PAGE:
The CEO Magazine: How to leverage your emotions for greater leadership impact - Michelle Gibbings

Thank you to The CEO Magazine for the opportunity for Michelle to contribute her thoughts on why you shouldn’t underestimate the impact your feelings can have on your team. Read on to find out how to manage and use these emotions to become a stronger leader. 

When you are blindsided by changes at work, your emotions can run high. It might be a critical board director or team member resigning, your role being redesigned, a major project canceled or an important deal falling through. In all these situations, letting your emotional reaction run your thought processes and decisions can be easy.

However, this is the precise time to deliberately leverage your emotions so you have a more effective leadership impact. That won’t happen if you overlook the effect of your emotions. Here are five things you should be doing.

▶  Being able to feel and see emotions in other people is a leadership strength.

Your emotions matter. They change your physiology, perception and where you place your attention. The first step is to acknowledge the emotions. Accept them as genuine and legitimate. It can help to label the emotions you are feeling and write them down. Notice how they impact your thoughts and desired actions.

As part of this reflection, notice what you are giving attention to and what you are ignoring or avoiding. You want to challenge yourself as to the meaning you place on what has happened. In the words of Brené Brown: “What’s the story you are telling yourself?”

We all tell ourselves stories, and often there’s a gap between what’s happened and the meaning we place on that event or interaction.

It can help to consider what you can and can’t change about what is happening to determine the best options and next steps. Uncovering options makes you feel more in control and therefore, helps you better regulate your response.

If someone around you is happy, sad, angry or experiencing any other emotion, it can rub off and impact how you feel and behave, and you can have the same impact on them.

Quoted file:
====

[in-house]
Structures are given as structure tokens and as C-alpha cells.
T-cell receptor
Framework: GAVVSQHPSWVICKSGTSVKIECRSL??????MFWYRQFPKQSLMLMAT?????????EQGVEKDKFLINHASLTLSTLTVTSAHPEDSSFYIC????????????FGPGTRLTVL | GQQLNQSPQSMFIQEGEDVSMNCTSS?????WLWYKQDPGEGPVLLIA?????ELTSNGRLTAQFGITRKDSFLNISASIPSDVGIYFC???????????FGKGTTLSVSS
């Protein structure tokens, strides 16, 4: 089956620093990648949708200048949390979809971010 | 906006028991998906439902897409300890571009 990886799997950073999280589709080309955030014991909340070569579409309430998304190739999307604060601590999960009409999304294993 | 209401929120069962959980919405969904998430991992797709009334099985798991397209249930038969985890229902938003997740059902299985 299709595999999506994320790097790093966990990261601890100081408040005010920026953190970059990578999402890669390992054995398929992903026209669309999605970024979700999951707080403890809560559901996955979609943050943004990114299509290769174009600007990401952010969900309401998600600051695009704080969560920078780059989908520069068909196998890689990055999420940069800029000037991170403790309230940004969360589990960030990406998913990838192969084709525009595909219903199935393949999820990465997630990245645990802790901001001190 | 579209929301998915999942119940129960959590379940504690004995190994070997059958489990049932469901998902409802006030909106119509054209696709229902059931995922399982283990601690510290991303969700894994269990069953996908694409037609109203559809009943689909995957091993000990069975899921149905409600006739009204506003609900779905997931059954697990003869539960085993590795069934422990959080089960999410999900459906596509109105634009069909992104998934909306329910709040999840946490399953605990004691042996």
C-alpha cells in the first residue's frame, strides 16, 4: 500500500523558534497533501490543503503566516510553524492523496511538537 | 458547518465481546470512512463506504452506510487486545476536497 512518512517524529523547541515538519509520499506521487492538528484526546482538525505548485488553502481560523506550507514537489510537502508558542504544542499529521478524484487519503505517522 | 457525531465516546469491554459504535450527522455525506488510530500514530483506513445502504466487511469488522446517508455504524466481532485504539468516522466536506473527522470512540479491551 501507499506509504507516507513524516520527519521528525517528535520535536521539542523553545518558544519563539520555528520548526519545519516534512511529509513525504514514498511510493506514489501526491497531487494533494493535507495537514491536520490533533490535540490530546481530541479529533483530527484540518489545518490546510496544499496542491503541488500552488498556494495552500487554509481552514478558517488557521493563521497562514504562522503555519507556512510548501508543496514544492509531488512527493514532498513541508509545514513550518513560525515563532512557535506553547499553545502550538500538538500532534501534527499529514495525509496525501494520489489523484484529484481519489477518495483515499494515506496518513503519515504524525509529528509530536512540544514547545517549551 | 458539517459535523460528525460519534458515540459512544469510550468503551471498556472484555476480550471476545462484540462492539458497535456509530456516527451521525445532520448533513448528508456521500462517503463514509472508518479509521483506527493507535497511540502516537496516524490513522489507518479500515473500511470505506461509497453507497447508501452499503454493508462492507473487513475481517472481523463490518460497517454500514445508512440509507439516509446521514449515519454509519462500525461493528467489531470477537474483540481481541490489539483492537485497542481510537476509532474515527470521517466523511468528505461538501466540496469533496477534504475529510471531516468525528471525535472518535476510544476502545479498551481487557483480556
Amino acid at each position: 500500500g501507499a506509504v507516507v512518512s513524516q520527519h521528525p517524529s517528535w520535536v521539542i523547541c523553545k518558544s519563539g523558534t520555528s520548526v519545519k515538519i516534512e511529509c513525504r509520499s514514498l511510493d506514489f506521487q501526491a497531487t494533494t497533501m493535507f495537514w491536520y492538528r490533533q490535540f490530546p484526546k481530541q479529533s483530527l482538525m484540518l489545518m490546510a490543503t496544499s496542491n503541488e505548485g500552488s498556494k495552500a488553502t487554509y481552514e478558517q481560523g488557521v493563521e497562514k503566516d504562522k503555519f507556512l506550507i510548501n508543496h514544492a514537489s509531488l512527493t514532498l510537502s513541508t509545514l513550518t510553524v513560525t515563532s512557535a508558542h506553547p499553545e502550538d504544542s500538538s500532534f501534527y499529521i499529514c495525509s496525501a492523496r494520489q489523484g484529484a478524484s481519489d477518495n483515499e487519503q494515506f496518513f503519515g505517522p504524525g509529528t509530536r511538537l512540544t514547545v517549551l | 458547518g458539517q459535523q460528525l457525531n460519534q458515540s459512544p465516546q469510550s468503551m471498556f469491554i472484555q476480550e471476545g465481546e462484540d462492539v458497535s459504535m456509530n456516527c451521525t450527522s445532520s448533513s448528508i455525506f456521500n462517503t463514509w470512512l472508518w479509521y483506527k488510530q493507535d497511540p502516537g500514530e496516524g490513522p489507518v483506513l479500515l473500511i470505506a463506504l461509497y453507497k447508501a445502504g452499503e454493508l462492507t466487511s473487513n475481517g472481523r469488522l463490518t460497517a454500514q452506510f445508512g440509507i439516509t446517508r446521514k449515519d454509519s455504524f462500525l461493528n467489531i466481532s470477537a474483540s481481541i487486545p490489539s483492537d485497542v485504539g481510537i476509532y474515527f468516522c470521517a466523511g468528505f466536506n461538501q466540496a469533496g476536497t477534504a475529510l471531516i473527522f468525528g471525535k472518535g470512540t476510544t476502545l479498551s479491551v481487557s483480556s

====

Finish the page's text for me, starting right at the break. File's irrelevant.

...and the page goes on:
Bhismadev Chakrabarti from the School of Psychology at the University of Reading defines emotional contagion as “a set of processes, which enable us to catch another person’s emotion. Most of these processes are largely automatic. For me to experience being sad with you, I don’t need to explicitly know or work out the reasons why that is.”

Our ability to feel another person’s emotions is essential to being human. It underpins how we connect with others, as we can see a person’s emotional expressions and reactions, and respond in turn to them.

As a leader, you want to leverage this wisely by managing the impact your emotions have on others, and noticing the impact other people’s emotions have on you.

▶  As leaders, pay attention to the emotional environment you create at work so it is safe for you and your team members to talk about how they feel.

Being able to feel and see emotions in other people is a leadership strength. Without it, you’ll struggle to connect and care for your team and colleagues. You want to understand the impact your emotions have on those around you and whether they are helpful, hurtful or harmful.

Challenge yourself by considering how you manage your emotions. Does your emotional energy impact others in a largely positive or negative manner? For example, if you feel sad, frustrated or angry at work, does that change how you treat your team and colleagues?

If you let your emotions push you into ‘reaction’ mode it will negatively impact how you lead. Be conscious of this, so you can notice the ‘reaction’ and create the space you need to move into ‘wise response’ mode.

As leaders, pay attention to the emotional environment you create at work so it is safe for you and your team members to talk about how they feel. Notice the opportunities you have to support and hear others. Just like you want to feel validated and connected, so do they.

So if you are on the receiving end of someone expressing their feelings, listen to them. Acknowledge them. Hear what they are saying. See them. Notice what is said and unsaid.

It can be easy to jump into solution mode as you want to help or rescue your colleague, client or team member. You can’t, and they aren’t ready to hear your ideas on how to fix how they feel. Give them the space and support they need to find their way through the situation.

Recognize that at this point what they need is empathy, so stand beside them and be ready to listen deeply. When you do that, you are creating the space your team members need to thrive at work.

American author Dale Carnegie said, “When dealing with people, remember you are not dealing with creatures of logic, but with creatures of emotion.”


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